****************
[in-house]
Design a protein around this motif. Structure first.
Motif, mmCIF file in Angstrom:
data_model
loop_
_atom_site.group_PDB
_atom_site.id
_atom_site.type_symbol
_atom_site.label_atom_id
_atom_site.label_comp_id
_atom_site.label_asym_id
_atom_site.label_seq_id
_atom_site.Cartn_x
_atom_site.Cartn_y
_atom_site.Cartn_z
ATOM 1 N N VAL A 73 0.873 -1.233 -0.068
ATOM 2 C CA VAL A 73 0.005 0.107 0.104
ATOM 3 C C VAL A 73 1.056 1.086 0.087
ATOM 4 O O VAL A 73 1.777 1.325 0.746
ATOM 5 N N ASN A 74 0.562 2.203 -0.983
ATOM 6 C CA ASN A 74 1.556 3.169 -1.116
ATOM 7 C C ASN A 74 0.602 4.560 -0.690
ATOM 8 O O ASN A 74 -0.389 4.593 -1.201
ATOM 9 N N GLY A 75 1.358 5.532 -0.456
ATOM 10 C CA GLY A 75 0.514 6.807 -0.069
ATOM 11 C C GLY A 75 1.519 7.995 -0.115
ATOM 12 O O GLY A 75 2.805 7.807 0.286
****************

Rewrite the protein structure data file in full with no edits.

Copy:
[in-house]
Design a protein around this motif. Structure first.
Motif, mmCIF file in Angstrom:
data_model
loop_
_atom_site.group_PDB
_atom_site.id
_atom_site.type_symbol
_atom_site.label_atom_id
_atom_site.label_comp_id
_atom_site.label_asym_id
_atom_site.label_seq_id
_atom_site.Cartn_x
_atom_site.Cartn_y
_atom_site.Cartn_z
ATOM 1 N N VAL A 73 0.873 -1.233 -0.068
ATOM 2 C CA VAL A 73 0.005 0.107 0.104
ATOM 3 C C VAL A 73 1.056 1.086 0.087
ATOM 4 O O VAL A 73 1.777 1.325 0.746
ATOM 5 N N ASN A 74 0.562 2.203 -0.983
ATOM 6 C CA ASN A 74 1.556 3.169 -1.116
ATOM 7 C C ASN A 74 0.602 4.560 -0.690
ATOM 8 O O ASN A 74 -0.389 4.593 -1.201
ATOM 9 N N GLY A 75 1.358 5.532 -0.456
ATOM 10 C CA GLY A 75 0.514 6.807 -0.069
ATOM 11 C C GLY A 75 1.519 7.995 -0.115
ATOM 12 O O GLY A 75 2.805 7.807 0.286